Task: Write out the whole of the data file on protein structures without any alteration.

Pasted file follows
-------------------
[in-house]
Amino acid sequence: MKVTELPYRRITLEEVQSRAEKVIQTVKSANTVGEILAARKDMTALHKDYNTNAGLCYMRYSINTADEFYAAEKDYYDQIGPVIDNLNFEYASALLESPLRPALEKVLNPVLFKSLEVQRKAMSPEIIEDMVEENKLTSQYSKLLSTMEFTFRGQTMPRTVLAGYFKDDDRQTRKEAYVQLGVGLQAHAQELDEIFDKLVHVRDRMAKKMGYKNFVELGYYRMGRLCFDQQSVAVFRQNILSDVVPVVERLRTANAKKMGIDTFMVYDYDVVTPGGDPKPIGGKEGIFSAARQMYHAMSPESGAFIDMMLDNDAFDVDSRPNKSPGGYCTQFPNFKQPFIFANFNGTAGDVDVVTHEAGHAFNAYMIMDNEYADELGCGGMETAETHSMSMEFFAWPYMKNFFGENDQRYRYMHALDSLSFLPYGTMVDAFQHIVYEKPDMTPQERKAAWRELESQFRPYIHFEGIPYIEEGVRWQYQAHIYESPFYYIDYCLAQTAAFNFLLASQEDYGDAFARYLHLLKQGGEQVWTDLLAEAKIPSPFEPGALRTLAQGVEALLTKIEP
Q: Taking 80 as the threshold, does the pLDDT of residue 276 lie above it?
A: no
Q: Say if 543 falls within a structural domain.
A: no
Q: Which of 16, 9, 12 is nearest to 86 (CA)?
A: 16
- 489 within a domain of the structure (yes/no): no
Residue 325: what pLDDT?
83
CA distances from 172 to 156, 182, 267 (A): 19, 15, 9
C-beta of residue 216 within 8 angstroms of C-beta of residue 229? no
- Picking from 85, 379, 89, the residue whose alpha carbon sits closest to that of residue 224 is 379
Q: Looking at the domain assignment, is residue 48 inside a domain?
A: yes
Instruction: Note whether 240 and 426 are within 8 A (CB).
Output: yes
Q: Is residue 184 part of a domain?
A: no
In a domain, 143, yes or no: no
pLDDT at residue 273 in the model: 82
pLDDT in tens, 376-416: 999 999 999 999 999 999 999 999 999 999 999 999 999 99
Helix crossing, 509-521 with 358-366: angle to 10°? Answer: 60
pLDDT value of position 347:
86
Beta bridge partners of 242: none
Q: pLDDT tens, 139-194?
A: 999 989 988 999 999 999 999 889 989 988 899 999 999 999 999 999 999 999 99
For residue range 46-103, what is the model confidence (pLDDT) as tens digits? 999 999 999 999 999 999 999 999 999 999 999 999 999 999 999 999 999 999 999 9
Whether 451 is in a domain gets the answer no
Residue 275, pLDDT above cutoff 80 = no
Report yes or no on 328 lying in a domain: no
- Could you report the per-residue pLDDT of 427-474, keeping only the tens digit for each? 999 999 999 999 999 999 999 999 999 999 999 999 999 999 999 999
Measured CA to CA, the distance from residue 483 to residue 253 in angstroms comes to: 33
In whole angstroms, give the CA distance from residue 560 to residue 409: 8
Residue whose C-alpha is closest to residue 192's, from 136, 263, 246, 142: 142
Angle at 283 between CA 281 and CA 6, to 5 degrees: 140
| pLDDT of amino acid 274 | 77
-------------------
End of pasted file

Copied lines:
[in-house]
Amino acid sequence: MKVTELPYRRITLEEVQSRAEKVIQTVKSANTVGEILAARKDMTALHKDYNTNAGLCYMRYSINTADEFYAAEKDYYDQIGPVIDNLNFEYASALLESPLRPALEKVLNPVLFKSLEVQRKAMSPEIIEDMVEENKLTSQYSKLLSTMEFTFRGQTMPRTVLAGYFKDDDRQTRKEAYVQLGVGLQAHAQELDEIFDKLVHVRDRMAKKMGYKNFVELGYYRMGRLCFDQQSVAVFRQNILSDVVPVVERLRTANAKKMGIDTFMVYDYDVVTPGGDPKPIGGKEGIFSAARQMYHAMSPESGAFIDMMLDNDAFDVDSRPNKSPGGYCTQFPNFKQPFIFANFNGTAGDVDVVTHEAGHAFNAYMIMDNEYADELGCGGMETAETHSMSMEFFAWPYMKNFFGENDQRYRYMHALDSLSFLPYGTMVDAFQHIVYEKPDMTPQERKAAWRELESQFRPYIHFEGIPYIEEGVRWQYQAHIYESPFYYIDYCLAQTAAFNFLLASQEDYGDAFARYLHLLKQGGEQVWTDLLAEAKIPSPFEPGALRTLAQGVEALLTKIEP
Q: Taking 80 as the threshold, does the pLDDT of residue 276 lie above it?
A: no
Q: Say if 543 falls within a structural domain.
A: no
Q: Which of 16, 9, 12 is nearest to 86 (CA)?
A: 16
- 489 within a domain of the structure (yes/no): no
Residue 325: what pLDDT?
83
CA distances from 172 to 156, 182, 267 (A): 19, 15, 9
C-beta of residue 216 within 8 angstroms of C-beta of residue 229? no
- Picking from 85, 379, 89, the residue whose alpha carbon sits closest to that of residue 224 is 379
Q: Looking at the domain assignment, is residue 48 inside a domain?
A: yes
Instruction: Note whether 240 and 426 are within 8 A (CB).
Output: yes
Q: Is residue 184 part of a domain?
A: no
In a domain, 143, yes or no: no
pLDDT at residue 273 in the model: 82
pLDDT in tens, 376-416: 999 999 999 999 999 999 999 999 999 999 999 999 999 99
Helix crossing, 509-521 with 358-366: angle to 10°? Answer: 60
pLDDT value of position 347:
86
Beta bridge partners of 242: none
Q: pLDDT tens, 139-194?
A: 999 989 988 999 999 999 999 889 989 988 899 999 999 999 999 999 999 999 99
For residue range 46-103, what is the model confidence (pLDDT) as tens digits? 999 999 999 999 999 999 999 999 999 999 999 999 999 999 999 999 999 999 999 9
Whether 451 is in a domain gets the answer no
Residue 275, pLDDT above cutoff 80 = no
Report yes or no on 328 lying in a domain: no
- Could you report the per-residue pLDDT of 427-474, keeping only the tens digit for each? 999 999 999 999 999 999 999 999 999 999 999 999 999 999 999 999
Measured CA to CA, the distance from residue 483 to residue 253 in angstroms comes to: 33
In whole angstroms, give the CA distance from residue 560 to residue 409: 8
Residue whose C-alpha is closest to residue 192's, from 136, 263, 246, 142: 142
Angle at 283 between CA 281 and CA 6, to 5 degrees: 140
| pLDDT of amino acid 274 | 77